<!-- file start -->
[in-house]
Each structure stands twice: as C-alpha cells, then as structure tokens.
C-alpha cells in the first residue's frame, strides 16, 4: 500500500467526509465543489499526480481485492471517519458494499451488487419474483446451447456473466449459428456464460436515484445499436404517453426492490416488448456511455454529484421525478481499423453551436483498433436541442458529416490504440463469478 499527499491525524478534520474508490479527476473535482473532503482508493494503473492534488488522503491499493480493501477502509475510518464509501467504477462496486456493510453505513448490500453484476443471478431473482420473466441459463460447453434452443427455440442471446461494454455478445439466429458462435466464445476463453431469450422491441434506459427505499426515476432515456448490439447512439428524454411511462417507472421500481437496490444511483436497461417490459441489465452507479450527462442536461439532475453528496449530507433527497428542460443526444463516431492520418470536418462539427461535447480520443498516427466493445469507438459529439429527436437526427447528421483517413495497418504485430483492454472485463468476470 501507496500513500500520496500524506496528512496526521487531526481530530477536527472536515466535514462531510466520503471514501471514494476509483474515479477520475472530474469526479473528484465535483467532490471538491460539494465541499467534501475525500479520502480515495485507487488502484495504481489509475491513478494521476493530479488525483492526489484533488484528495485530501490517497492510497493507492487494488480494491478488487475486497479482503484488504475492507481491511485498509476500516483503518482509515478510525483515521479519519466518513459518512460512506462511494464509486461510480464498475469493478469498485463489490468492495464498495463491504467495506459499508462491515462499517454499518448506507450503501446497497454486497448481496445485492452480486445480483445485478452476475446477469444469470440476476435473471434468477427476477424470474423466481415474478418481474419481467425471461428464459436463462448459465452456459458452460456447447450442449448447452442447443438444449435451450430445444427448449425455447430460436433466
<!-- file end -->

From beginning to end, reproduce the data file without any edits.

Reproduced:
[in-house]
Each structure stands twice: as C-alpha cells, then as structure tokens.
C-alpha cells in the first residue's frame, strides 16, 4: 500500500467526509465543489499526480481485492471517519458494499451488487419474483446451447456473466449459428456464460436515484445499436404517453426492490416488448456511455454529484421525478481499423453551436483498433436541442458529416490504440463469478 499527499491525524478534520474508490479527476473535482473532503482508493494503473492534488488522503491499493480493501477502509475510518464509501467504477462496486456493510453505513448490500453484476443471478431473482420473466441459463460447453434452443427455440442471446461494454455478445439466429458462435466464445476463453431469450422491441434506459427505499426515476432515456448490439447512439428524454411511462417507472421500481437496490444511483436497461417490459441489465452507479450527462442536461439532475453528496449530507433527497428542460443526444463516431492520418470536418462539427461535447480520443498516427466493445469507438459529439429527436437526427447528421483517413495497418504485430483492454472485463468476470 501507496500513500500520496500524506496528512496526521487531526481530530477536527472536515466535514462531510466520503471514501471514494476509483474515479477520475472530474469526479473528484465535483467532490471538491460539494465541499467534501475525500479520502480515495485507487488502484495504481489509475491513478494521476493530479488525483492526489484533488484528495485530501490517497492510497493507492487494488480494491478488487475486497479482503484488504475492507481491511485498509476500516483503518482509515478510525483515521479519519466518513459518512460512506462511494464509486461510480464498475469493478469498485463489490468492495464498495463491504467495506459499508462491515462499517454499518448506507450503501446497497454486497448481496445485492452480486445480483445485478452476475446477469444469470440476476435473471434468477427476477424470474423466481415474478418481474419481467425471461428464459436463462448459465452456459458452460456447447450442449448447452442447443438444449435451450430445444427448449425455447430460436433466